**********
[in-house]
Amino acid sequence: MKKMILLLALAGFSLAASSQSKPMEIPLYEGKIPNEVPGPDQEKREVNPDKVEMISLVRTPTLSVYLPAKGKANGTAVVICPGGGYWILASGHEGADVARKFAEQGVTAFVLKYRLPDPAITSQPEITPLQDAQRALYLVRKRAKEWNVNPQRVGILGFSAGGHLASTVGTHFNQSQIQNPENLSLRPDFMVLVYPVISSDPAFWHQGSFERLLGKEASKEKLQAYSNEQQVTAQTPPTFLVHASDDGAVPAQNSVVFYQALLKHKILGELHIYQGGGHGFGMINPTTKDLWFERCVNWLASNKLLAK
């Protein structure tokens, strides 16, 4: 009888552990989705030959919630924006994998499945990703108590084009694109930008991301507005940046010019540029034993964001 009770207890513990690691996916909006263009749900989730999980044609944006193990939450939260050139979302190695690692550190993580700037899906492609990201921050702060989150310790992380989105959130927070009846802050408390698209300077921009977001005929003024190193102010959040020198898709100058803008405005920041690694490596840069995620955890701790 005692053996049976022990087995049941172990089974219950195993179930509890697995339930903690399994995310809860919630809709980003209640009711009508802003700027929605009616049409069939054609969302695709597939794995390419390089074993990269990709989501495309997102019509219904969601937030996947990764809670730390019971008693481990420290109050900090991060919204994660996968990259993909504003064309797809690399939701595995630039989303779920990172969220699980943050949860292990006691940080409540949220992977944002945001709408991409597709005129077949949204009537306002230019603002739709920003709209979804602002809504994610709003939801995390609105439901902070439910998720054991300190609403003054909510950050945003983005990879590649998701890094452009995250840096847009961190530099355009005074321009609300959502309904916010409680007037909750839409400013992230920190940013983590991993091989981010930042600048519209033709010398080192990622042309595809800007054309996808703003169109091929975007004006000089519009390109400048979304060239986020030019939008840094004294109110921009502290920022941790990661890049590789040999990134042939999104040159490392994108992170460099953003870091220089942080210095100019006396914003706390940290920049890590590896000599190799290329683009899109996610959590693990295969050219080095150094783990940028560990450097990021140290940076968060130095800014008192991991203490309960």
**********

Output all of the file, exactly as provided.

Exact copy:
[in-house]
Amino acid sequence: MKKMILLLALAGFSLAASSQSKPMEIPLYEGKIPNEVPGPDQEKREVNPDKVEMISLVRTPTLSVYLPAKGKANGTAVVICPGGGYWILASGHEGADVARKFAEQGVTAFVLKYRLPDPAITSQPEITPLQDAQRALYLVRKRAKEWNVNPQRVGILGFSAGGHLASTVGTHFNQSQIQNPENLSLRPDFMVLVYPVISSDPAFWHQGSFERLLGKEASKEKLQAYSNEQQVTAQTPPTFLVHASDDGAVPAQNSVVFYQALLKHKILGELHIYQGGGHGFGMINPTTKDLWFERCVNWLASNKLLAK
């Protein structure tokens, strides 16, 4: 009888552990989705030959919630924006994998499945990703108590084009694109930008991301507005940046010019540029034993964001 009770207890513990690691996916909006263009749900989730999980044609944006193990939450939260050139979302190695690692550190993580700037899906492609990201921050702060989150310790992380989105959130927070009846802050408390698209300077921009977001005929003024190193102010959040020198898709100058803008405005920041690694490596840069995620955890701790 005692053996049976022990087995049941172990089974219950195993179930509890697995339930903690399994995310809860919630809709980003209640009711009508802003700027929605009616049409069939054609969302695709597939794995390419390089074993990269990709989501495309997102019509219904969601937030996947990764809670730390019971008693481990420290109050900090991060919204994660996968990259993909504003064309797809690399939701595995630039989303779920990172969220699980943050949860292990006691940080409540949220992977944002945001709408991409597709005129077949949204009537306002230019603002739709920003709209979804602002809504994610709003939801995390609105439901902070439910998720054991300190609403003054909510950050945003983005990879590649998701890094452009995250840096847009961190530099355009005074321009609300959502309904916010409680007037909750839409400013992230920190940013983590991993091989981010930042600048519209033709010398080192990622042309595809800007054309996808703003169109091929975007004006000089519009390109400048979304060239986020030019939008840094004294109110921009502290920022941790990661890049590789040999990134042939999104040159490392994108992170460099953003870091220089942080210095100019006396914003706390940290920049890590590896000599190799290329683009899109996610959590693990295969050219080095150094783990940028560990450097990021140290940076968060130095800014008192991991203490309960």